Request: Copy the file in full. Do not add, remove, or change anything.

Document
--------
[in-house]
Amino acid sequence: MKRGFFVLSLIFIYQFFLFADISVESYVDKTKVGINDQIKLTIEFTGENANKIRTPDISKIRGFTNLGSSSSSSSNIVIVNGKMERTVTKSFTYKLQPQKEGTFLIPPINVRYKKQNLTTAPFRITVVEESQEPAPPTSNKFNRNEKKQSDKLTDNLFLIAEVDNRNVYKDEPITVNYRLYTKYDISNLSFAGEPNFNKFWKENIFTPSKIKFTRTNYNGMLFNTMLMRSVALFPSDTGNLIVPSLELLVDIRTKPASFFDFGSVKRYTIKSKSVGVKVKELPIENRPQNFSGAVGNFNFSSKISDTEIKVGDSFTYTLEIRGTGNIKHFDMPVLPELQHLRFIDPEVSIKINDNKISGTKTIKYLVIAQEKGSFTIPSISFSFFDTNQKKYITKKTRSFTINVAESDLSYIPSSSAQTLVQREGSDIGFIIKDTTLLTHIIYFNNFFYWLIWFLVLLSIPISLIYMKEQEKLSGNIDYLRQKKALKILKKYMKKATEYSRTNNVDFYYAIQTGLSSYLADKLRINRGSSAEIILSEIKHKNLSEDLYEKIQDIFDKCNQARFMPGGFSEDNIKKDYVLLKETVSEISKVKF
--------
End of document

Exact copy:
[in-house]
Amino acid sequence: MKRGFFVLSLIFIYQFFLFADISVESYVDKTKVGINDQIKLTIEFTGENANKIRTPDISKIRGFTNLGSSSSSSSNIVIVNGKMERTVTKSFTYKLQPQKEGTFLIPPINVRYKKQNLTTAPFRITVVEESQEPAPPTSNKFNRNEKKQSDKLTDNLFLIAEVDNRNVYKDEPITVNYRLYTKYDISNLSFAGEPNFNKFWKENIFTPSKIKFTRTNYNGMLFNTMLMRSVALFPSDTGNLIVPSLELLVDIRTKPASFFDFGSVKRYTIKSKSVGVKVKELPIENRPQNFSGAVGNFNFSSKISDTEIKVGDSFTYTLEIRGTGNIKHFDMPVLPELQHLRFIDPEVSIKINDNKISGTKTIKYLVIAQEKGSFTIPSISFSFFDTNQKKYITKKTRSFTINVAESDLSYIPSSSAQTLVQREGSDIGFIIKDTTLLTHIIYFNNFFYWLIWFLVLLSIPISLIYMKEQEKLSGNIDYLRQKKALKILKKYMKKATEYSRTNNVDFYYAIQTGLSSYLADKLRINRGSSAEIILSEIKHKNLSEDLYEKIQDIFDKCNQARFMPGGFSEDNIKKDYVLLKETVSEISKVKF